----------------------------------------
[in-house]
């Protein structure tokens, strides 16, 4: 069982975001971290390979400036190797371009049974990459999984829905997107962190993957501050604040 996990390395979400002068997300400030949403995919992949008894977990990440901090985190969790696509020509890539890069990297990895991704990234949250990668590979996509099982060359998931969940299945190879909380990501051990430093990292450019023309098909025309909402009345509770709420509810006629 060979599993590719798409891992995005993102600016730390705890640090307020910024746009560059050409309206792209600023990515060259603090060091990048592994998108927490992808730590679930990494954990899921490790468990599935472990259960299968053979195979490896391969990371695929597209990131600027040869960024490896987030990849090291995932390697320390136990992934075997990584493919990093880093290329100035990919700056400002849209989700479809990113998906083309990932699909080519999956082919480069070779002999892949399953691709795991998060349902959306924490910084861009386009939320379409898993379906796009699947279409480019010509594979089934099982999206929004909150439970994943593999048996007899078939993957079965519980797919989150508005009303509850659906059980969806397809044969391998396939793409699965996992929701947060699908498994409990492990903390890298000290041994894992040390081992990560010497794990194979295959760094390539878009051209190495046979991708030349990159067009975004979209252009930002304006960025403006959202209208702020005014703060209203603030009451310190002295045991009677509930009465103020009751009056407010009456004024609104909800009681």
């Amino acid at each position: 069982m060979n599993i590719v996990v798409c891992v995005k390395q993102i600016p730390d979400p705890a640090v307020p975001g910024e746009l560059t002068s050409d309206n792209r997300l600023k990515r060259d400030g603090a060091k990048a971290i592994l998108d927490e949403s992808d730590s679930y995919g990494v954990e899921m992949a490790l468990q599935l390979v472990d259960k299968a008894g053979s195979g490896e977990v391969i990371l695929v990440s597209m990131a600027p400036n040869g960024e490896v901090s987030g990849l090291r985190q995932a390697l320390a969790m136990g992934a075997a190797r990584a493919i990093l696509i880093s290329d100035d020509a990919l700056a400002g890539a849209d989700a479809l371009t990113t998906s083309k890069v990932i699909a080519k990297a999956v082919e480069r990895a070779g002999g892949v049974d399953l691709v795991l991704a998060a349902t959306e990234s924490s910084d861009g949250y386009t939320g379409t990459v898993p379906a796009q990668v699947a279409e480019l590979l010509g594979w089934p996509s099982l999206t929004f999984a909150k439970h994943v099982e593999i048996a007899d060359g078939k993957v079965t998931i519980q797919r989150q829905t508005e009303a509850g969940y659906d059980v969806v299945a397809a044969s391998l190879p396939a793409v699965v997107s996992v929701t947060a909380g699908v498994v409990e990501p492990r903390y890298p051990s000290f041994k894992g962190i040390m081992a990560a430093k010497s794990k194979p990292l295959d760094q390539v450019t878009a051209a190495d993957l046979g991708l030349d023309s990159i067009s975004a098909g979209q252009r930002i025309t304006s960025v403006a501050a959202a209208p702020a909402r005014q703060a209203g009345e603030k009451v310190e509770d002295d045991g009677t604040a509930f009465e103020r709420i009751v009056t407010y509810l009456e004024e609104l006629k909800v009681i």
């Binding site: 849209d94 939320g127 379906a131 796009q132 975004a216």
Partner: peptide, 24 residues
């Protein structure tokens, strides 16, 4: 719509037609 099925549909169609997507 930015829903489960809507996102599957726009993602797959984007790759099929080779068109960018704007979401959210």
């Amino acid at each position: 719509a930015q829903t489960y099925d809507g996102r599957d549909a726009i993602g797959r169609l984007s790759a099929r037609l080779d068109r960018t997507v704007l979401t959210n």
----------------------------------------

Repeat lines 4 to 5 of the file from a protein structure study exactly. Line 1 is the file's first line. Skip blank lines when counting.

């Binding site: 849209d94 939320g127 379906a131 796009q132 975004a216």
Partner: peptide, 24 residues